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Genetics (child) PhD Projects, Programs & Scholarships

We have 5 Genetics (child) PhD Projects, Programs & Scholarships

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  Exploring the contribution of lymphatics towards diabetic kidney disease and their potential as a therapeutic target
  Dr D Long
Application Deadline: 19 June 2020

Funding Type

PhD Type

A 3-year PhD Studentship funded by Diabetes UK is available within the Kidney Development and Disease Group (http://www.ucl.ac.uk/ich/research/developmental-biology-cancer/developmental-biology-birth-defects/kidney-development-and-disease-group) in the Developmental Biology and Cancer Programme, Great Ormond Street UCL Institute of Child Health.
  Polygenic and environmental markers of mental health status in New Zealand children
  Prof K Waldie, Dr C Walker
Applications accepted all year round

Funding Type

PhD Type

The successful applicant will work on a cross-faculty project investigating the biological and environmental pathways underpinning childhood depression and anxiety symptoms.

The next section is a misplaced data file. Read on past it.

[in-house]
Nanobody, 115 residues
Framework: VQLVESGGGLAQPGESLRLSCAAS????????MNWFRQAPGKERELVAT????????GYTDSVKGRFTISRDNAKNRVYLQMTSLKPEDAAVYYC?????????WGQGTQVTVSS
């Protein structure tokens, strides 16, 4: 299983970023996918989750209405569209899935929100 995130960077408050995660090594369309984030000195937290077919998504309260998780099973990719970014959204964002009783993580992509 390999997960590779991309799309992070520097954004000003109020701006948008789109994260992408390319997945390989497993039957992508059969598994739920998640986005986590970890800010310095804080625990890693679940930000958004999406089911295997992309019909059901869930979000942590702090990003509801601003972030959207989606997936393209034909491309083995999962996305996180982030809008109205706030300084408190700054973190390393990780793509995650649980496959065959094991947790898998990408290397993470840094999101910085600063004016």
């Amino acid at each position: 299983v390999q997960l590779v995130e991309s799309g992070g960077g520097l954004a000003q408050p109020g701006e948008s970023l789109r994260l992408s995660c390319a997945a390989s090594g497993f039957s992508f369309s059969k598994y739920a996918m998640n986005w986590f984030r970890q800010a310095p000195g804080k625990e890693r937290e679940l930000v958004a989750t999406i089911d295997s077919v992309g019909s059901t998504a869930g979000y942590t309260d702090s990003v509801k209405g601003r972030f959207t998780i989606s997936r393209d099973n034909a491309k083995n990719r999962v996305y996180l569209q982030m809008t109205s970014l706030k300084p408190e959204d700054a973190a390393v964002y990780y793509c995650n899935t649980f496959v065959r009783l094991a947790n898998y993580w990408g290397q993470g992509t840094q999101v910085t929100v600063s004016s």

PhD position (m/f/d) on Translational Readthrough
  Dr S Thoms
Application Deadline: 7 June 2020

Funding Type

PhD Type

The Department of Child and Adolescent Health at the University Medical Center Göttingen invites applications for a. PhD position (m/f/d) on Translational readthrough.
  De Novo Mutations and Human Disease
  Prof A Goriely, Prof A Wilkie
Application Deadline: 24 July 2020

Funding Type

PhD Type

De novo mutations (DNMs) are a significant contributor to human disease, affecting ~1:300 new births. We study the mechanisms by which these spontaneous mutations arise in the first instance, concentrating on the tissue where most of them originate, the human testis.
  De Novo Mutations and Human Disease
  Prof A Goriely, Prof A Wilkie
Application Deadline: 24 July 2020

Funding Type

PhD Type

De novo mutations (DNMs) are a significant contributor to human disease, affecting ~1:300 new births. We study the mechanisms by which these spontaneous mutations arise in the first instance, concentrating on the tissue where most of them originate, the human testis.
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